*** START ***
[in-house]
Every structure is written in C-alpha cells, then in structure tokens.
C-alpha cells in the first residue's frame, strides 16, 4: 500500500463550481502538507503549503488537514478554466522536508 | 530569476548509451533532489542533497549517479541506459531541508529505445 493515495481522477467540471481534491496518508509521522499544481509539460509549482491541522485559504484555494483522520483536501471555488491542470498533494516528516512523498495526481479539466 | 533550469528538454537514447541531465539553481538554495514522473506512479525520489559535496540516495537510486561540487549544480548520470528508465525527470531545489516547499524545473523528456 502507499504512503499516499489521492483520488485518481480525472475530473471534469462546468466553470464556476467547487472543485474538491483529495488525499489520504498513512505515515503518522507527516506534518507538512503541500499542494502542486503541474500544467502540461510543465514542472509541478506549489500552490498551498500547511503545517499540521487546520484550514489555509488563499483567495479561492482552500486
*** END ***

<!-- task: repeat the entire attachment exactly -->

[in-house]
Every structure is written in C-alpha cells, then in structure tokens.
C-alpha cells in the first residue's frame, strides 16, 4: 500500500463550481502538507503549503488537514478554466522536508 | 530569476548509451533532489542533497549517479541506459531541508529505445 493515495481522477467540471481534491496518508509521522499544481509539460509549482491541522485559504484555494483522520483536501471555488491542470498533494516528516512523498495526481479539466 | 533550469528538454537514447541531465539553481538554495514522473506512479525520489559535496540516495537510486561540487549544480548520470528508465525527470531545489516547499524545473523528456 502507499504512503499516499489521492483520488485518481480525472475530473471534469462546468466553470464556476467547487472543485474538491483529495488525499489520504498513512505515515503518522507527516506534518507538512503541500499542494502542486503541474500544467502540461510543465514542472509541478506549489500552490498551498500547511503545517499540521487546520484550514489555509488563499483567495479561492482552500486